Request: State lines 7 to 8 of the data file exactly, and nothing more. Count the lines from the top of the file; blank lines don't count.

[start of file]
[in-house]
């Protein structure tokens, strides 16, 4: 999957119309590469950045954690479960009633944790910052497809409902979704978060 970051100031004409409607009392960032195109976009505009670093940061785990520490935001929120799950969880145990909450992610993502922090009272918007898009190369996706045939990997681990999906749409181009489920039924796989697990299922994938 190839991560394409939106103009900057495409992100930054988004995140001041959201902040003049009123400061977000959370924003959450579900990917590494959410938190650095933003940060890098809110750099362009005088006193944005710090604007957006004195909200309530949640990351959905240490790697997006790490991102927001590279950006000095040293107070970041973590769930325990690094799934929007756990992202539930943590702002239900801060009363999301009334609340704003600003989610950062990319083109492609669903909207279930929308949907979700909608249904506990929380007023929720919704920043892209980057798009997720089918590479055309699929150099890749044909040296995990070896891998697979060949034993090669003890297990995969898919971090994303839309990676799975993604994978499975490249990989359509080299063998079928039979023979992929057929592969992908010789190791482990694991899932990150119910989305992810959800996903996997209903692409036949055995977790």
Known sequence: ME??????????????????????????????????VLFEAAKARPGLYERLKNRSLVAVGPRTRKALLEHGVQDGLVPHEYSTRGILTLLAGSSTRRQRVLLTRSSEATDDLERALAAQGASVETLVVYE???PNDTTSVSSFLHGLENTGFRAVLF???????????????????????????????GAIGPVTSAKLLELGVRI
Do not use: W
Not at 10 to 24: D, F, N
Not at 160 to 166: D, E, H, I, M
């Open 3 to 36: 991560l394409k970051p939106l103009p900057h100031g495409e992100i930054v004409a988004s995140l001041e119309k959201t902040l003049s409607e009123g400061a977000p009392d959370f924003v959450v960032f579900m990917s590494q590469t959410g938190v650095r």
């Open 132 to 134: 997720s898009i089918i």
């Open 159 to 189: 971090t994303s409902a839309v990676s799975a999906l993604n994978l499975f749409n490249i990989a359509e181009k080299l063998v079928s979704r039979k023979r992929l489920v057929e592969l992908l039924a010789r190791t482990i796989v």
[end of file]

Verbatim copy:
């Open 3 to 36: 991560l394409k970051p939106l103009p900057h100031g495409e992100i930054v004409a988004s995140l001041e119309k959201t902040l003049s409607e009123g400061a977000p009392d959370f924003v959450v960032f579900m990917s590494q590469t959410g938190v650095r």
């Open 132 to 134: 997720s898009i089918i």